Lai to me

Posted: April 18, 2011 in Diary of a freediver
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Anna likes Barracuda Bay (not its real name) because it has a tiny beach. When I say tiny I’m talking about a patch of sand no bigger than a kiddie swimming pool. Such are the hardships of living on the youngest of all the Hawaiian Islands; proper beaches are few and far between. Needless to say, she had hounded me all week to go back so that she could get in (via the tiny beach) to try out her new underwater camera housing, again. So we loaded up the truck and headed back down to BB.

This time I was better prepared for my blue water excursion, electing to bring my smaller blue water gun (with which I have a love/hate relationship with) instead of my reef gun, because the former has more range and power. Instead of spoons I brought a half dozen, ten inch long bait fish which are irresistible to anything with lips (including myself) that I planned on tossing out, ala the spoons, to lure the bigger game. Known as opelu, these bait fish are commonly named mackerel shad, and if they weren’t so damned hard to shoot, I would hunt them exclusively because they’re so tasty!

The conditions were much nicer today than they were last week. There was no noticeable swell, and despite a rising tide and a full moon, there weren’t any freakish tides or otherwise petulant surges to add to the mix. The sun was out, there was no wind and standing on the rocky outcropping that overlooked my entry point, with my polarized sunglasses on, I could see clearly to the bottom. Things were looking good.

I suited up and jumped in, letting the gentle action of the tides carry me out past the inshore reef toward the sandy bottom of the outside, toward blue water.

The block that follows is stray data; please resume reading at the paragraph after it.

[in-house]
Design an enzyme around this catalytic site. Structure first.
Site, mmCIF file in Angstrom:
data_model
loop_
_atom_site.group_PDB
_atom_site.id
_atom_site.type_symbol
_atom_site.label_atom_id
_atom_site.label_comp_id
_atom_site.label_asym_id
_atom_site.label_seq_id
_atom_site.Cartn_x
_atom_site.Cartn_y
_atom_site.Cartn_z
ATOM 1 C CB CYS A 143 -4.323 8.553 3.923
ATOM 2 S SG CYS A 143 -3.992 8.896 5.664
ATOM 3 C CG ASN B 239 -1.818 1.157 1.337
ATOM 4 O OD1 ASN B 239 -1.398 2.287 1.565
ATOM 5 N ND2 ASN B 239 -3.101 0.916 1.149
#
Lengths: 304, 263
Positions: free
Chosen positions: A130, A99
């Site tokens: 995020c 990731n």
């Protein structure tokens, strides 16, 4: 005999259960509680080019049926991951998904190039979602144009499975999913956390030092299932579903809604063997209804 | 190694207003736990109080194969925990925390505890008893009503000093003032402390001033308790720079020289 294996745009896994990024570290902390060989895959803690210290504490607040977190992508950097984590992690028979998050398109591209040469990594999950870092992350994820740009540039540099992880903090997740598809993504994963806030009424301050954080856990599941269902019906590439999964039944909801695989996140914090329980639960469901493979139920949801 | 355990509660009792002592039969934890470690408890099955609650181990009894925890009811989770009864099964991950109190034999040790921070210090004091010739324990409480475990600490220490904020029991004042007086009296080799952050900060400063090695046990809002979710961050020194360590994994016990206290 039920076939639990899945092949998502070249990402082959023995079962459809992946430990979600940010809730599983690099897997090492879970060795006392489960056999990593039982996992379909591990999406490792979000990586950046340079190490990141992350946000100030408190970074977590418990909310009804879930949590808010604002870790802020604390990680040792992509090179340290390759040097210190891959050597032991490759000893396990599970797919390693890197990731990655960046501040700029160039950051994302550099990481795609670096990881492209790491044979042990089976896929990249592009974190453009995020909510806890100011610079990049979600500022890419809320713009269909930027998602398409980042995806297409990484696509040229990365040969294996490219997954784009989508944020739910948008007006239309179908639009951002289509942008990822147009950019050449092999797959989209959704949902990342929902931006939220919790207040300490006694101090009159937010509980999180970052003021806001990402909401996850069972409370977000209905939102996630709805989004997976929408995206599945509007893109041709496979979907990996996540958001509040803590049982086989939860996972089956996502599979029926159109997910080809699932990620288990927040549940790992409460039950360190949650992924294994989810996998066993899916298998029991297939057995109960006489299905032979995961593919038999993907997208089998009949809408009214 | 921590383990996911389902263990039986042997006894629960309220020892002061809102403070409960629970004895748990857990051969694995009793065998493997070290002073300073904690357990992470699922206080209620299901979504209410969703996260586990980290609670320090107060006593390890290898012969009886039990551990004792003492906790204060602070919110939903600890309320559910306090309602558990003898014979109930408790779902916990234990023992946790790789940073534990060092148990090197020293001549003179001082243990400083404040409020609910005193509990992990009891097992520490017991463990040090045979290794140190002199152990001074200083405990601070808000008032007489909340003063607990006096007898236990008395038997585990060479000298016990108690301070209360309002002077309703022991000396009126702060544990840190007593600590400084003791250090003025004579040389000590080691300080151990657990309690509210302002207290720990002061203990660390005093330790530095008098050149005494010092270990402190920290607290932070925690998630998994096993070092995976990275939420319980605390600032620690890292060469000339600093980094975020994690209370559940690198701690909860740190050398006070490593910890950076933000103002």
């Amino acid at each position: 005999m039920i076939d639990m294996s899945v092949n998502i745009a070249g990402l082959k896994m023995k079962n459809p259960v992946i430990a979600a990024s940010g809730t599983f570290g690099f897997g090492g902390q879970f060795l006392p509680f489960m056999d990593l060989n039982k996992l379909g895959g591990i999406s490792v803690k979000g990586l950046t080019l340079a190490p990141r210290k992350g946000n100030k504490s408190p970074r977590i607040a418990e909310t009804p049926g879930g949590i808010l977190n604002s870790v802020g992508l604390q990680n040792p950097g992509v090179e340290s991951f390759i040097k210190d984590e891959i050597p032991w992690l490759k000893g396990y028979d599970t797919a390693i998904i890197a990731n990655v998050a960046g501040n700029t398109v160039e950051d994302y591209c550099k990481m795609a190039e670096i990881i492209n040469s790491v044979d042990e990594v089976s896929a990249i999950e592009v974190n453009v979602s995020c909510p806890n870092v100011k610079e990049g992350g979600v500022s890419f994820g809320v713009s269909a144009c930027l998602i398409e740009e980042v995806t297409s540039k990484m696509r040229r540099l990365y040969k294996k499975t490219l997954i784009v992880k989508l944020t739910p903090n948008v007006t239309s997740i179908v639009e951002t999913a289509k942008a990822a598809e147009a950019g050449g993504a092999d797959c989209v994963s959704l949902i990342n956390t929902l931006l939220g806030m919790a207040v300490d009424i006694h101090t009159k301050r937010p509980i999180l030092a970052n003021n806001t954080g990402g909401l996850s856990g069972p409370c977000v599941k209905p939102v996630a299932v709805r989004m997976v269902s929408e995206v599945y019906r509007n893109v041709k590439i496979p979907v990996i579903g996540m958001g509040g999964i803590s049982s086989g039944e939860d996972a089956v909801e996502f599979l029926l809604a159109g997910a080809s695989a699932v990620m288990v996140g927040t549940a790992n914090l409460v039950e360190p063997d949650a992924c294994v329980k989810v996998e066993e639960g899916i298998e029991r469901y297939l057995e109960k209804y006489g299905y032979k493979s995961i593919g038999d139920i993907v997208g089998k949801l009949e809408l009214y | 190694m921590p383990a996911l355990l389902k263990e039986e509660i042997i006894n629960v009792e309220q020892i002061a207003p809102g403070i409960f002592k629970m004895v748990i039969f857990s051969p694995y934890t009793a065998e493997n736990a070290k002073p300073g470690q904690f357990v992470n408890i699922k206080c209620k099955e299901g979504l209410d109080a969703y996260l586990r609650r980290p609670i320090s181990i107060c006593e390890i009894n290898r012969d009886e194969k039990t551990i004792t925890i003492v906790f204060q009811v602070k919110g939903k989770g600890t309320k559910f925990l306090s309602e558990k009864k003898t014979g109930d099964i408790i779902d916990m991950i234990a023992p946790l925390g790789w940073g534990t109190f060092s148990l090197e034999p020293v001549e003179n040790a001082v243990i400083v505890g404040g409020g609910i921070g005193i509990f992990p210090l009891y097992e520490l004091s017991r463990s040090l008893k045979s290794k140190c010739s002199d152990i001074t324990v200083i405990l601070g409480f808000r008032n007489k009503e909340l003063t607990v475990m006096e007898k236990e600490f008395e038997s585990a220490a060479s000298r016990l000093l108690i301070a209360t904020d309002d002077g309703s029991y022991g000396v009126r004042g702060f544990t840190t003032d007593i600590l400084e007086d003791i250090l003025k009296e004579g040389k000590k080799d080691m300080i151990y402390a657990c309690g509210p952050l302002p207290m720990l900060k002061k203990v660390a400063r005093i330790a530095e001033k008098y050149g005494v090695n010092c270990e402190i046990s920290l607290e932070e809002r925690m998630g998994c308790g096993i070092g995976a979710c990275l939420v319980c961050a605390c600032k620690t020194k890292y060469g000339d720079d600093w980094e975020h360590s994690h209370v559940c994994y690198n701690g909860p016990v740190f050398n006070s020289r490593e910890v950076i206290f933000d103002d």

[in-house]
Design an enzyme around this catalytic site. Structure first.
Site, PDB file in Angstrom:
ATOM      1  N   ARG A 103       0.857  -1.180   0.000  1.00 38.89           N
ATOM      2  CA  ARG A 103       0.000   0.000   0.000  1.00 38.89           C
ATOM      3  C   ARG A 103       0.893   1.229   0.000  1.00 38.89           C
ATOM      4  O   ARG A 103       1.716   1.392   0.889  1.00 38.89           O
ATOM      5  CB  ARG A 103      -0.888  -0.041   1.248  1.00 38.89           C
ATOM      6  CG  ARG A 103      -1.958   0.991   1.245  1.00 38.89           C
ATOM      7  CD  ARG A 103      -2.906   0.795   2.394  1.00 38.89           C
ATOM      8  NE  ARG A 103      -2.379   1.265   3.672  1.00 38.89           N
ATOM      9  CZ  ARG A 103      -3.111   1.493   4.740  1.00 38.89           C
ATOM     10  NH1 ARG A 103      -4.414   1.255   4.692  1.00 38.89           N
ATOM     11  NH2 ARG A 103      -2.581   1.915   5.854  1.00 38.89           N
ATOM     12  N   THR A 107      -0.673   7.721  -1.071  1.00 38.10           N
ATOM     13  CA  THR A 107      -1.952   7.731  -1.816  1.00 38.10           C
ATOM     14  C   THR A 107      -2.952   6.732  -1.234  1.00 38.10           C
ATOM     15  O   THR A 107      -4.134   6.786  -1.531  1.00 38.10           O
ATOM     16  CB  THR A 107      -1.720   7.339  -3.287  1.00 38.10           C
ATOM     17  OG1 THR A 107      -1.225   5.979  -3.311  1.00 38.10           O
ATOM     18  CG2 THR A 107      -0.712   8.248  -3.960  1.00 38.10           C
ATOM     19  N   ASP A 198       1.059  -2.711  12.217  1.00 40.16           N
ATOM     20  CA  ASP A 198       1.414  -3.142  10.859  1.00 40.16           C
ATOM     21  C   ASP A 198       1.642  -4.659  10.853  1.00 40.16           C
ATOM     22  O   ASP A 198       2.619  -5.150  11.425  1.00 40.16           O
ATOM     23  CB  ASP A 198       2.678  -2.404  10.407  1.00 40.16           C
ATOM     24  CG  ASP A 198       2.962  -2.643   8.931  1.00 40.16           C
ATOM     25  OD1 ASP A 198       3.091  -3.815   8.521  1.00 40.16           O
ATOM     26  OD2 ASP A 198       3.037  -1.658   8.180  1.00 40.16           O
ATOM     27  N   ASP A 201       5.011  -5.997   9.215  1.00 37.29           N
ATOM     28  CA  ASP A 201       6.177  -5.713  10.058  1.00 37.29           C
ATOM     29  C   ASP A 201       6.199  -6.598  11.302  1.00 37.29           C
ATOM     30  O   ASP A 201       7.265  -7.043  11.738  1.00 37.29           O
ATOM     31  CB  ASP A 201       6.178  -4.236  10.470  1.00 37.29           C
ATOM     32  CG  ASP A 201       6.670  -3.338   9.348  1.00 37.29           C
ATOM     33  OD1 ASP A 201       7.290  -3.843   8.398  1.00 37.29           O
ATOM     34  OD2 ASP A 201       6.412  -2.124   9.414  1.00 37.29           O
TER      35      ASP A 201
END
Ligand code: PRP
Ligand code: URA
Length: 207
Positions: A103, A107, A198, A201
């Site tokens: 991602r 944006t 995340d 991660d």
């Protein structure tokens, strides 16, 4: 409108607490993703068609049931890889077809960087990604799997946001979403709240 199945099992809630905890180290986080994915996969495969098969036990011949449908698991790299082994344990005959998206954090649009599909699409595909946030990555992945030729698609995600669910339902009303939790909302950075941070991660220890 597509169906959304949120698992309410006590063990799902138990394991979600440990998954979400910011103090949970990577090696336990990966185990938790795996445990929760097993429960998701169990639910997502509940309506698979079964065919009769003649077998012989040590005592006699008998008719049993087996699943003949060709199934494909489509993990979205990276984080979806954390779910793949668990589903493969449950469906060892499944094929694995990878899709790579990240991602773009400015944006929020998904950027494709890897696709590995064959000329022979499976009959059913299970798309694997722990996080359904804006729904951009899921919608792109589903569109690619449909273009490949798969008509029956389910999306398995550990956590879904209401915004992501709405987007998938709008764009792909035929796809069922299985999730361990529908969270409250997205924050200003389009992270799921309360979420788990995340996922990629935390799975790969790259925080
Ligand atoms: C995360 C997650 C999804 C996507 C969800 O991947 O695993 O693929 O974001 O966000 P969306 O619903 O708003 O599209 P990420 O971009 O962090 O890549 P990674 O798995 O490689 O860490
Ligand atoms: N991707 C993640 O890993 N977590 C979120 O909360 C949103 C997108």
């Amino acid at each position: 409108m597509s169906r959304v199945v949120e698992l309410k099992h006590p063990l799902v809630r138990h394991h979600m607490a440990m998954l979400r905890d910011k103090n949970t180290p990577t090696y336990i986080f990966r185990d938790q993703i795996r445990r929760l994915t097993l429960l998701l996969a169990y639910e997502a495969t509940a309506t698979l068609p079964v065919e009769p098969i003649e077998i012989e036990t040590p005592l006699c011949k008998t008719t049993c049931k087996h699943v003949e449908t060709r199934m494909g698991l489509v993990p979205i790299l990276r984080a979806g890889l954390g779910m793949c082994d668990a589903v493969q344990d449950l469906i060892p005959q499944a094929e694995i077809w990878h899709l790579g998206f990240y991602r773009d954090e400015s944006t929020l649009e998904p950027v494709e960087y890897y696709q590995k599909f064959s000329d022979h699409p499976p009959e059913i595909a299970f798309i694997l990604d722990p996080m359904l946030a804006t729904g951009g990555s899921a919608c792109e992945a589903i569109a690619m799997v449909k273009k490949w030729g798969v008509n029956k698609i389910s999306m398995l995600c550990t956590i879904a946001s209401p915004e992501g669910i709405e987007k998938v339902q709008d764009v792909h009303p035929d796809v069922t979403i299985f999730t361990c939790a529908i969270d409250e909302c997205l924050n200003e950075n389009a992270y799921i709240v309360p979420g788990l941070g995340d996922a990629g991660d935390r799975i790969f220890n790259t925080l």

One BIG secret to any sort of diving (whether it be blue water or reef) and landing fish is to not act like a human. Meaning, don’t splash around and hyperventilate into your snorkel. Don’t point your gun at everything that swims by and absolutely DO NOT swim with cadence. Fish don’t swim with any sort of measured rhythm, they dart here and there, sometimes they stop and nibble on something, or they hide under a rock. Never do they just swim about in a straight line. If you plan on landing any fish, neither should you. Let the current take you a bit. Kick one leg gently and drift, then kick with the other leg. Stop and just float. Then, maybe for a short burst, kick with both feet, before you stop and drift along with the current. This way the fish won’t get (as) spooked when they see you and may even swim closer to investigate. It takes a very long time to uncover such knowledge, believe me, I used to swim like a motorboat and often wondered why the fish were never around.

Today the haze layer that plagued me last week was minimal. Floating at the surface I could see all the way down to the bottom, some sixty feet below. Sixty feet is considered shallow for blue water, but it is blue water nonetheless. You know when you’re in blue water, because like I had mentioned earlier, something changes in the clarity of the water and you suddenly feel as if you are hovering in the center of an enormous blue room. The viz was so good that I could see striations in the sand from the action of the ocean; row after row of perfectly uniformed lines like a mountain range as seen from space. I yanked the first opelu from my float and tossed it into the briny sea.